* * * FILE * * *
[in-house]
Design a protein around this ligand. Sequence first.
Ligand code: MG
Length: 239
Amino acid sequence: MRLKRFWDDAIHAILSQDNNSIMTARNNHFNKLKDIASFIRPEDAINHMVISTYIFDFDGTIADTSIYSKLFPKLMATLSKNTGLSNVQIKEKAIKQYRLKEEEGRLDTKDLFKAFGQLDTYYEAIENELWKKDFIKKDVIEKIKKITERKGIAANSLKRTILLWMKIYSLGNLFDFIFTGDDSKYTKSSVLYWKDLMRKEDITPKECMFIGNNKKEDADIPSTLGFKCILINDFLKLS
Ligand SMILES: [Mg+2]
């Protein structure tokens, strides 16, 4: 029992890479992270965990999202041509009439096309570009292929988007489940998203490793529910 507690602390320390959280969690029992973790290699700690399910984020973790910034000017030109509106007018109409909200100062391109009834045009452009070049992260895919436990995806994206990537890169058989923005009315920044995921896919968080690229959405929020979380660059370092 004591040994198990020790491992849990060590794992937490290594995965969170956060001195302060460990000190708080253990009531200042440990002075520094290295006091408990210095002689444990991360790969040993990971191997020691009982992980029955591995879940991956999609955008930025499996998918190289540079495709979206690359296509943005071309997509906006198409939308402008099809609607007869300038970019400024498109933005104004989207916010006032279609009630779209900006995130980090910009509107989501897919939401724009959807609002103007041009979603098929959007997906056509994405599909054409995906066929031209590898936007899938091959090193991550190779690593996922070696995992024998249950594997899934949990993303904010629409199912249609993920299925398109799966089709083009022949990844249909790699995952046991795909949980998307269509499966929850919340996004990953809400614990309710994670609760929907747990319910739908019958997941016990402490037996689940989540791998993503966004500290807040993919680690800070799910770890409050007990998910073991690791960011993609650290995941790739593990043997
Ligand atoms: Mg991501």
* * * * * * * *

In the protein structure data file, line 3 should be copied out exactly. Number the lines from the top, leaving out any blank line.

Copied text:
Ligand code: MG